Comment 122864

By SimonO (registered) | Posted May 03, 2018 at 10:29:13

Thanks for your comments,Eddy. I realize that attempting to open discussion with people whose views are offensive seems difficult and even absurd, and yet I really do believe that these kinds of views are calculated to evoke just the kind of intolerant, gut reaction that mainstream society so often supplies. This kind of racism is a possibly unconscious but no less calculated form of protest, one cleverly designed to expose the forms of intolerance that secretly inform leftist politics, which likes to think of itself as tolerant but actually has significant blind spots in this regard. You mention privilege, but it doesn’t seem to me that the small groups who showed up for the “Patriot Walk” came from particularly advantaged backgrounds, at least judging by the photos that HAF took of them. I am inclined to read these conflicts as fed by unacknowledged issues of class, which get transposed into hyperbolic performances of all the signifiers that might disturb good, tolerant leftists. These strategies are pursued by people who have been left out of the kinds of politics that require the mobilizeation of specific, disadvantaged identities while leaving the larger issue of how the free market system exploits all of us unaddressed. It makes me sad to see this divide-and-conquor strategy reinforced by people on the left, who should be searching for ways to find a common cause that can shift the register in which the resentments and anxieties that beset us can be addressed.

In this regards, I take inspiration from the documentary, Accidental Couretsy, in which a black blues musician, Daryl Davis, explains how he has managed to collect the robes of over two hundred, now ex-KKK members. Davis befriends these former white supremacists one by one, using the history of music to open discussions about the ways white culture has historically appropriated and exploited black cultural forms. Music becomes the common culture that allows otherwise oppositionaly positioned people to find a way beyond the ignorance, fear, isolation and poverty that keeps racism alive. While Davis is an exceptional case, and we can’t and shouldn’t expect oppressed people to risk further victimization by interacting with intolerant bigots on this way, it does raise questions for me about how people who see themselves as allies might try different strategies for surmounting the impasses that our increasingly polarized society is facing.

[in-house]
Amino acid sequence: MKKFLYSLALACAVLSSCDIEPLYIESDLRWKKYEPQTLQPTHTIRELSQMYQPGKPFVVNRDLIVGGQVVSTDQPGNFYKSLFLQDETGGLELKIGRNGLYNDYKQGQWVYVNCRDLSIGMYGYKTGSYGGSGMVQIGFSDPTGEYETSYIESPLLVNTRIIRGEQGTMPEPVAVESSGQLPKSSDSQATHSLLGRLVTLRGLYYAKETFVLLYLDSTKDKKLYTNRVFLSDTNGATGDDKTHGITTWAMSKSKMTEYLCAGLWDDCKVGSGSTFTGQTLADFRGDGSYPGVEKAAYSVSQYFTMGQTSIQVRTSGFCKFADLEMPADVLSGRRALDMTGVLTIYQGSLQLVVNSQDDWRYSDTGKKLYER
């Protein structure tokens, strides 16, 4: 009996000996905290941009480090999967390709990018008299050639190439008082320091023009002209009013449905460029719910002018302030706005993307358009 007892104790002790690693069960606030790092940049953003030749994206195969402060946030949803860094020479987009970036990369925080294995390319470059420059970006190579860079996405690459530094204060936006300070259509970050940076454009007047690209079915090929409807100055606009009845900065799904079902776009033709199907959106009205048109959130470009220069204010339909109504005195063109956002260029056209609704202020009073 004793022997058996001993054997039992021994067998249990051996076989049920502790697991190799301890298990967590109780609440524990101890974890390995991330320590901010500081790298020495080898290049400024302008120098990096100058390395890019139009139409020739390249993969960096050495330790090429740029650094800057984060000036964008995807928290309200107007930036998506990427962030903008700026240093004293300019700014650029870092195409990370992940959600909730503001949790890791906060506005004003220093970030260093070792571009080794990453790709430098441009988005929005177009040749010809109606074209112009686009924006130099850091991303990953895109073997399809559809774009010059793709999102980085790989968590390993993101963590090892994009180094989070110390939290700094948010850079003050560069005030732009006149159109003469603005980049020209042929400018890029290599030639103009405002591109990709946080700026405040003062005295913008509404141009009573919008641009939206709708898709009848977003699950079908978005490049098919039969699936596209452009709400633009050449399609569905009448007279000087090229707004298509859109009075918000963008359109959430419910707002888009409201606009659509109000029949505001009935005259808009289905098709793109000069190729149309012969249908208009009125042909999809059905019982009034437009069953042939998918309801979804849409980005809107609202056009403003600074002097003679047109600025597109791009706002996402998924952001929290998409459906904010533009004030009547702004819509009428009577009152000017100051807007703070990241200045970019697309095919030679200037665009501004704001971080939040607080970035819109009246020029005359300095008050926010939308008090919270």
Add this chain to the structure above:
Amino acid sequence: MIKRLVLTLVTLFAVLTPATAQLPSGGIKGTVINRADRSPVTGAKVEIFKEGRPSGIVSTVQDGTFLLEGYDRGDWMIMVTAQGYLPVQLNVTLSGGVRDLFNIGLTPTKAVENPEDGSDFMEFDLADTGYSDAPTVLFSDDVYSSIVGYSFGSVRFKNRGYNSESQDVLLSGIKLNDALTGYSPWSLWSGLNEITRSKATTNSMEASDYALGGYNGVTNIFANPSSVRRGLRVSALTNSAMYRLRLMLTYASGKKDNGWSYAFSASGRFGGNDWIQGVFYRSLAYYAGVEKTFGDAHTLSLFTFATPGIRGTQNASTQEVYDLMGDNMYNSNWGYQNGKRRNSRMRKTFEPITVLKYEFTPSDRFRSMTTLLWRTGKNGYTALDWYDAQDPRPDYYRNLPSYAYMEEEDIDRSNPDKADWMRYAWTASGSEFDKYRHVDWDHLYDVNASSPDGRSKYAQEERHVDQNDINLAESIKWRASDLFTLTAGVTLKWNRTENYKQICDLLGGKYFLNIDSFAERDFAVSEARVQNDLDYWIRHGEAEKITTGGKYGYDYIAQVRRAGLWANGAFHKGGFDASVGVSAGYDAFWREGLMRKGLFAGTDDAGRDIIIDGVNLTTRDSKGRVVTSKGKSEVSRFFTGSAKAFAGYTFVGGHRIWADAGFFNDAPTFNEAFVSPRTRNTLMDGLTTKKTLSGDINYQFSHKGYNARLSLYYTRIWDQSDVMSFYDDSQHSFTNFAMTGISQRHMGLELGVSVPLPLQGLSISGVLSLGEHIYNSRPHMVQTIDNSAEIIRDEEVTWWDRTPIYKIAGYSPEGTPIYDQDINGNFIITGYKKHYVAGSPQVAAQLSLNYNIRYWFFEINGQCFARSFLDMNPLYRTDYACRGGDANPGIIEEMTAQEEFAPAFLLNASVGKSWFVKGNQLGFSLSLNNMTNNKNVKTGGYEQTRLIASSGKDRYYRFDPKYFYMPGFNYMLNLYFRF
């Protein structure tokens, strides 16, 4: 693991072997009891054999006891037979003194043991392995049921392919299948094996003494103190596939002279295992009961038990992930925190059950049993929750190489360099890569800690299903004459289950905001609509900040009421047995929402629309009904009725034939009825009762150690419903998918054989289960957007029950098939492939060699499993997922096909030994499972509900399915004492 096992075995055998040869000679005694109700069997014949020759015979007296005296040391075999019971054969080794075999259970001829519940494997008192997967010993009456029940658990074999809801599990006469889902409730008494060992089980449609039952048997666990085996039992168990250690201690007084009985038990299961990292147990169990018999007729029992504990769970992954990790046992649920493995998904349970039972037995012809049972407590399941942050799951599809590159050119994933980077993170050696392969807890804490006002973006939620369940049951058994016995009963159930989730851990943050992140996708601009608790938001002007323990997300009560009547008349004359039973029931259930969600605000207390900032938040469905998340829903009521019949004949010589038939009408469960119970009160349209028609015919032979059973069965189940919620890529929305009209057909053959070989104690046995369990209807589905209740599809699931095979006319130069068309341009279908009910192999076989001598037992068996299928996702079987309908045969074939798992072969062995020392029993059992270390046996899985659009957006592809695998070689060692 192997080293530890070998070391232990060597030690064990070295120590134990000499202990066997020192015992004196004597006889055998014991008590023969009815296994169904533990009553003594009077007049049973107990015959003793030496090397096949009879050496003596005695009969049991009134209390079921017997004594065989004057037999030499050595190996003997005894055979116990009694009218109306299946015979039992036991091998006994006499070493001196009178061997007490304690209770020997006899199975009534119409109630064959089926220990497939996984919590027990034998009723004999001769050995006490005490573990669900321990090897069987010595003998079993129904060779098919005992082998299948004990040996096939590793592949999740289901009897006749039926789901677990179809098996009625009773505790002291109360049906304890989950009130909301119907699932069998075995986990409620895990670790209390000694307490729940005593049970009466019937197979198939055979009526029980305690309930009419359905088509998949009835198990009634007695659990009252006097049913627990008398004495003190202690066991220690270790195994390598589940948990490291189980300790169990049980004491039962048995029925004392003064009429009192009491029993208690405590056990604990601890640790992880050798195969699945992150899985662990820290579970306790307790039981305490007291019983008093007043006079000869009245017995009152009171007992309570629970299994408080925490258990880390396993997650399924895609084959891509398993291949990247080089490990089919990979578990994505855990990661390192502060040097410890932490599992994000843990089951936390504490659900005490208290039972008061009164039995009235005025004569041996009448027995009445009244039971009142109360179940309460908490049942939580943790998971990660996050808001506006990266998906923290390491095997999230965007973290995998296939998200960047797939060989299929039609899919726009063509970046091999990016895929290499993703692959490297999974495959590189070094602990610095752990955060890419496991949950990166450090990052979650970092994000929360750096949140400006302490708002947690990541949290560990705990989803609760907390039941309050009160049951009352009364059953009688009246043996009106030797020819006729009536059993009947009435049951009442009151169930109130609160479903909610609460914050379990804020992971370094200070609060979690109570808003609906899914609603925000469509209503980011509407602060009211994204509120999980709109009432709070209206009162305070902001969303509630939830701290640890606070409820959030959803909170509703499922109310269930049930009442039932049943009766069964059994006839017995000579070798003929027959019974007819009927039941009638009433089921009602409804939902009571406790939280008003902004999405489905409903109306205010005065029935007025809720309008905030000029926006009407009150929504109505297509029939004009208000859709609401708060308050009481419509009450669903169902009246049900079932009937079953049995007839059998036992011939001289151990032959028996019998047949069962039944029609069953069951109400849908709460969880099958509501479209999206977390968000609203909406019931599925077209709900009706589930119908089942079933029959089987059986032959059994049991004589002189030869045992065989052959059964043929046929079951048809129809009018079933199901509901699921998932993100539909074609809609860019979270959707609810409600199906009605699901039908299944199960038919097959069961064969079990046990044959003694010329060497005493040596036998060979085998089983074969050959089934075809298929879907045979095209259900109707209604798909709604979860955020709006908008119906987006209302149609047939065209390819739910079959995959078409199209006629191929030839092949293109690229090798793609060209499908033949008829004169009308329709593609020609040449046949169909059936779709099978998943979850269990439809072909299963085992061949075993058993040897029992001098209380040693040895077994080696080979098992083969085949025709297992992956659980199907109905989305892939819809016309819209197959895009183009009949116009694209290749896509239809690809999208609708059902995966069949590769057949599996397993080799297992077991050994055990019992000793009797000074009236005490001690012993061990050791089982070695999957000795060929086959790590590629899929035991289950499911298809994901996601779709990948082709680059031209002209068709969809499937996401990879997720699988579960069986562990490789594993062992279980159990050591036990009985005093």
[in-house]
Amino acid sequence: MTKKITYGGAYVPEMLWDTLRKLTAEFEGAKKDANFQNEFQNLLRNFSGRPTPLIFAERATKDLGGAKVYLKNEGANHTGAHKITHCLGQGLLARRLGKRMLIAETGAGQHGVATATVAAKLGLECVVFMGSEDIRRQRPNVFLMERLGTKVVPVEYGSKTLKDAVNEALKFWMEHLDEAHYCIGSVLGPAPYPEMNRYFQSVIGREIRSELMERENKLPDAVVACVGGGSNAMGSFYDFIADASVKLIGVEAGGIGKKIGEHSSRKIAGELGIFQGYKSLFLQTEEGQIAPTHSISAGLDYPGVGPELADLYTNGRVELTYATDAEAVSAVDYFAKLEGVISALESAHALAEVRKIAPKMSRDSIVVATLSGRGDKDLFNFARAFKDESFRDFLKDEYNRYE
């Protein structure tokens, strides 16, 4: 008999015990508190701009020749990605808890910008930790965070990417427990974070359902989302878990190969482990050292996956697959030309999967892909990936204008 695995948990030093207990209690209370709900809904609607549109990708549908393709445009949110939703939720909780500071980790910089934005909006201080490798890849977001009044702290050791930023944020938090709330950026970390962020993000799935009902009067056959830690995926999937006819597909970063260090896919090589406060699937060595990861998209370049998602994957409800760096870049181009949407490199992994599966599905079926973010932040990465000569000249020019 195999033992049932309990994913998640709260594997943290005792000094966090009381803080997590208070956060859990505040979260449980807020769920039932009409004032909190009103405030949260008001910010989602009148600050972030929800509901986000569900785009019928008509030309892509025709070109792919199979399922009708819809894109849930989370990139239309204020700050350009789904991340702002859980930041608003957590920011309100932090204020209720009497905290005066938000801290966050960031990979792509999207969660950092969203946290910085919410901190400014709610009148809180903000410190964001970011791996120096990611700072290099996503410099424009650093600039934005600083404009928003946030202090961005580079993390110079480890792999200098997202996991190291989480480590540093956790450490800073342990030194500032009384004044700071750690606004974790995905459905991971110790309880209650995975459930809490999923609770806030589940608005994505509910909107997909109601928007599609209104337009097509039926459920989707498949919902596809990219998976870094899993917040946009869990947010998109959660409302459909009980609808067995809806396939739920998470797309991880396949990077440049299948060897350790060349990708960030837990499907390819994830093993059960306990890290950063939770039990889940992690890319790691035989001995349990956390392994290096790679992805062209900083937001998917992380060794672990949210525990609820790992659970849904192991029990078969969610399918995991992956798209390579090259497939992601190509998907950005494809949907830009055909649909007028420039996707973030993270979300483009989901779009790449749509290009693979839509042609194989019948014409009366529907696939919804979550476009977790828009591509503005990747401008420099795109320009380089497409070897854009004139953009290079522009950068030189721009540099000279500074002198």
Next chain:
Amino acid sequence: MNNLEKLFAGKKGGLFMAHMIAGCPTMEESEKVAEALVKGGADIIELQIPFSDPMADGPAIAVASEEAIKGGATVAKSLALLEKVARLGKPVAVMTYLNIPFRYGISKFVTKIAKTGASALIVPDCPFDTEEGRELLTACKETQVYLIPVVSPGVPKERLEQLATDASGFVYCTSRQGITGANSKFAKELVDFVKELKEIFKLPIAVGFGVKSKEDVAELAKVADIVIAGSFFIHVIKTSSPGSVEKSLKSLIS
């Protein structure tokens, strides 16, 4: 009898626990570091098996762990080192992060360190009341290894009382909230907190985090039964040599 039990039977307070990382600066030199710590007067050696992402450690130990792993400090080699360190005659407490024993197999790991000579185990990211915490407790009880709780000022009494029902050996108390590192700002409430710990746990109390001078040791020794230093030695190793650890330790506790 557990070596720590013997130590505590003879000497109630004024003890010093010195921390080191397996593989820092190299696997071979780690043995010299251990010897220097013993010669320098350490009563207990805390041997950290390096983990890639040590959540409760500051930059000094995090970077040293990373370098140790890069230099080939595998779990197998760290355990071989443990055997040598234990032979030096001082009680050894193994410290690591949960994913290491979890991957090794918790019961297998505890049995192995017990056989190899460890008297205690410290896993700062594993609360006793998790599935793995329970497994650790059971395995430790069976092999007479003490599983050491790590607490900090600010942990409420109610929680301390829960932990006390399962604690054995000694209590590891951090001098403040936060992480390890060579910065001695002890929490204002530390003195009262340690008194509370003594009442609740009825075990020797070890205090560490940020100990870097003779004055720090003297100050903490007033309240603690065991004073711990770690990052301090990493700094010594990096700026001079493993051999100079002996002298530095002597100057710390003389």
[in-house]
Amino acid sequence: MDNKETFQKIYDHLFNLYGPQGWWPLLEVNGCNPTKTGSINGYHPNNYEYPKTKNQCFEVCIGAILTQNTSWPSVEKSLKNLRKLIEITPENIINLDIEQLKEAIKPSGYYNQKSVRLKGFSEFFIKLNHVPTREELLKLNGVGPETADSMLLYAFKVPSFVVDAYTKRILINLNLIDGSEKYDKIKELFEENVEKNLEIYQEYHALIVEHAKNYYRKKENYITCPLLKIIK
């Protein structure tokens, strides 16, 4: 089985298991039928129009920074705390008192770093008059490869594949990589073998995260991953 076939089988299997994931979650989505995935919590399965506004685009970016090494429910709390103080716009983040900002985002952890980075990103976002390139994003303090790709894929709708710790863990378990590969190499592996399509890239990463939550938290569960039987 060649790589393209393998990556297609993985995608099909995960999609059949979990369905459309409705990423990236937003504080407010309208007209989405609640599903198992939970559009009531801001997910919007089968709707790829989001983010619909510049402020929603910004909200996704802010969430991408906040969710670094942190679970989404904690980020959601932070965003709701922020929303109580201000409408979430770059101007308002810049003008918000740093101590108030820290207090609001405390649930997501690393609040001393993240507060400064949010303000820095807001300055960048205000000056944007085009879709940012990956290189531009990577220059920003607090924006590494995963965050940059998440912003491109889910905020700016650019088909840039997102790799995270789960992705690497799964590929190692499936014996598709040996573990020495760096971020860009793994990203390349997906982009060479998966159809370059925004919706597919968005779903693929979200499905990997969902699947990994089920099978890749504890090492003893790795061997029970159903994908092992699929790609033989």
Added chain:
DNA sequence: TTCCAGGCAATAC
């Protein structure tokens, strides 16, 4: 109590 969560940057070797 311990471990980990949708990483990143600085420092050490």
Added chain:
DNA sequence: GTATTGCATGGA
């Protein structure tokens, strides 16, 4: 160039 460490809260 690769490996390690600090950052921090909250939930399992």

The current dominant model of activism seems to involve silencing, shaming and casting out whatever folk devils appear, in an attempt to create a “safe space.” This, in turn, I see as a response the the shrinking of spaces of refuge and repair that processes like gentrification and the securitization of public spaces contribute to. It is a vicious circle, and the only way out is to take a step back and try to consider the bigger question of how market logics ultimately turn us into caged beasts who then start tearing at each other out of dispar and panic. What might seem like utopian dreaming to some, I see as an invitation to start heroically imagining, and working towards, a different world.

Comment edited by SimonO on 2018-05-03 10:33:18

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